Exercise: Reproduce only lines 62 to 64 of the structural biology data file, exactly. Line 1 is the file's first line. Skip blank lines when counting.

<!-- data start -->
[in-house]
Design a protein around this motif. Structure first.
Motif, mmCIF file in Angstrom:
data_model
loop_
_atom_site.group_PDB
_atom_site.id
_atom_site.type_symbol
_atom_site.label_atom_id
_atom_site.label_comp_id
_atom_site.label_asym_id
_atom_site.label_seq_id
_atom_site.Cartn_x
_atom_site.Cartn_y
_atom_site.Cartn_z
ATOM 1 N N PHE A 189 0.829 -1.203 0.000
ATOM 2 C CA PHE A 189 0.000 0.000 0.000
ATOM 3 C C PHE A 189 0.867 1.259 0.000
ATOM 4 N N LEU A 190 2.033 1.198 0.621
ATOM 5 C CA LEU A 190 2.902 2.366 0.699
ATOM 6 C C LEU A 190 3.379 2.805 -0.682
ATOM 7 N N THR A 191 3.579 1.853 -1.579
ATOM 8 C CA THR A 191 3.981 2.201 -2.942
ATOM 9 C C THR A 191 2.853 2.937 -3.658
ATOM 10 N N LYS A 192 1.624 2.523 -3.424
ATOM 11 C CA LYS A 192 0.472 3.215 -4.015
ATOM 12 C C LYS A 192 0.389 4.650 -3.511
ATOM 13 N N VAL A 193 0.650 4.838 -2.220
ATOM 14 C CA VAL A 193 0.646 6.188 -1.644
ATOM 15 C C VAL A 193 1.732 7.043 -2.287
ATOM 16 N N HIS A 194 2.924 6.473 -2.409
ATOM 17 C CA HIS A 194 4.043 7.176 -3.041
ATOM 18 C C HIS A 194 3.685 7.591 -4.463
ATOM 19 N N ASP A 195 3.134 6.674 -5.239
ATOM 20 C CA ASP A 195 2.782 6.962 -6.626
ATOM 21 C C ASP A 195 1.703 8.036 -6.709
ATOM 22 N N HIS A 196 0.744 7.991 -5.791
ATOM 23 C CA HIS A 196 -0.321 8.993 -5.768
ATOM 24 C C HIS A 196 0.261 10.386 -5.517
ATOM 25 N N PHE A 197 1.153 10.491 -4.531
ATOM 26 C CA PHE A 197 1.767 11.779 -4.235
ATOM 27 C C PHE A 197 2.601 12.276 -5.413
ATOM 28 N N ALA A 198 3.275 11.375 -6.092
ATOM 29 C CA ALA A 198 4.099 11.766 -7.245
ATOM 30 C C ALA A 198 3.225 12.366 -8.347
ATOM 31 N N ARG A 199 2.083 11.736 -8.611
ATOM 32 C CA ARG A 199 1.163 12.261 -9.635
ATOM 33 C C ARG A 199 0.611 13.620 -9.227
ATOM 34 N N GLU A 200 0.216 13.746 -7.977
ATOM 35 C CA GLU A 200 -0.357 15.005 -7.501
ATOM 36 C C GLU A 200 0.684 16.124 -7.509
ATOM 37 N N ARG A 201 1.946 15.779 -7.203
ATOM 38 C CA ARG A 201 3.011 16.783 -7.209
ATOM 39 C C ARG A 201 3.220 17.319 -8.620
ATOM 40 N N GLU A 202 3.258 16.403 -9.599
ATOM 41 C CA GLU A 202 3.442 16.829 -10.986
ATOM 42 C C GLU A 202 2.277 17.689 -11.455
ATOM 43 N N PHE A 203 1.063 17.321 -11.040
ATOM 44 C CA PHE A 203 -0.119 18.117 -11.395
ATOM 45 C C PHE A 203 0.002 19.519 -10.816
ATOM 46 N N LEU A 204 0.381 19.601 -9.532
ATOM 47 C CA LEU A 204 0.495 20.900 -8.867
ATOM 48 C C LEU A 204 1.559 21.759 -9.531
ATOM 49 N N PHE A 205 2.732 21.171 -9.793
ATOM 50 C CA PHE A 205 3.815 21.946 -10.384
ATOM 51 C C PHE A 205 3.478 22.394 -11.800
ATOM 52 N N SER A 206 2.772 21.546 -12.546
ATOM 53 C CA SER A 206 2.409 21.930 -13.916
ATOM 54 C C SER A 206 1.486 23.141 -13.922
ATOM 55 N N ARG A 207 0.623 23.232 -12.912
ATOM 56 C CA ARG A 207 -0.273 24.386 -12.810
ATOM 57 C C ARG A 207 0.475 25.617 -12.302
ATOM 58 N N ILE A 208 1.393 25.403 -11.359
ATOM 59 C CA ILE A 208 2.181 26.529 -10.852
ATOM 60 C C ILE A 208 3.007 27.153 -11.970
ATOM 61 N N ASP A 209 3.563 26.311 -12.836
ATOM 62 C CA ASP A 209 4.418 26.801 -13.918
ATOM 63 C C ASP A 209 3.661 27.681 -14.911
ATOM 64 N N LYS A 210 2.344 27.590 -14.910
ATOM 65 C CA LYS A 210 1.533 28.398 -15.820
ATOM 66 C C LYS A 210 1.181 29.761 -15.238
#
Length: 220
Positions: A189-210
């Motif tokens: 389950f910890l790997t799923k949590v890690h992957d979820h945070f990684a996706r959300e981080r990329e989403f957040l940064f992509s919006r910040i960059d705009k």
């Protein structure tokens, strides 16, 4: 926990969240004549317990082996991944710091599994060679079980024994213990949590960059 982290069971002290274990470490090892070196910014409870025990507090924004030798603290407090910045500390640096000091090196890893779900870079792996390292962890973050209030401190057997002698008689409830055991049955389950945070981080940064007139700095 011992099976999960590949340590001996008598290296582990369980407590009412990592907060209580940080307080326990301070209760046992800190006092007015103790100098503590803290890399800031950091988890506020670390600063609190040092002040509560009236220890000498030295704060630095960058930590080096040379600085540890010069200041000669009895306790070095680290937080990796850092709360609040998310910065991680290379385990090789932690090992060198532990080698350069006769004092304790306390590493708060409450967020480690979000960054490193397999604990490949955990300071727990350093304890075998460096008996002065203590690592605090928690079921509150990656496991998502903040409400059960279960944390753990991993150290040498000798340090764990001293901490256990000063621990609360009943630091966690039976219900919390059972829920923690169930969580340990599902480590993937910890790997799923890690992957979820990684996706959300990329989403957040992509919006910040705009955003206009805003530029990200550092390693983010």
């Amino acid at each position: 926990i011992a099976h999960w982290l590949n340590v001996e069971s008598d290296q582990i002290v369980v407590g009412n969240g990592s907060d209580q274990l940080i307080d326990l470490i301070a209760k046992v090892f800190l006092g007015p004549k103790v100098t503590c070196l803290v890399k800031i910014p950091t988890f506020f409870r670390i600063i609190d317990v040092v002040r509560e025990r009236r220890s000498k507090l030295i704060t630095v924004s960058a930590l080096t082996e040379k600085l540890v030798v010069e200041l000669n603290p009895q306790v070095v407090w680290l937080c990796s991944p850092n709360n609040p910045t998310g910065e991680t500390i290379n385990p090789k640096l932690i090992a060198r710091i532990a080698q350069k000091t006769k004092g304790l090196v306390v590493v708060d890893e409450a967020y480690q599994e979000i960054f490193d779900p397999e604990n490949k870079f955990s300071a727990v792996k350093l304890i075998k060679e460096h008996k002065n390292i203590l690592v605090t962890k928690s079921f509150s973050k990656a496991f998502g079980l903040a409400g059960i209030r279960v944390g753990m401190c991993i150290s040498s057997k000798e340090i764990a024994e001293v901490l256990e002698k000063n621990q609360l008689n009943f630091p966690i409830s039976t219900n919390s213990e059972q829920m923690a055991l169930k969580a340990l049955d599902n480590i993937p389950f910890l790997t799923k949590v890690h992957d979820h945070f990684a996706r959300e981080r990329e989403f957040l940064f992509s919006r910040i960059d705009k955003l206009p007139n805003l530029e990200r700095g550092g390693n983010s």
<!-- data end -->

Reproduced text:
ATOM 47 C CA LEU A 204 0.495 20.900 -8.867
ATOM 48 C C LEU A 204 1.559 21.759 -9.531
ATOM 49 N N PHE A 205 2.732 21.171 -9.793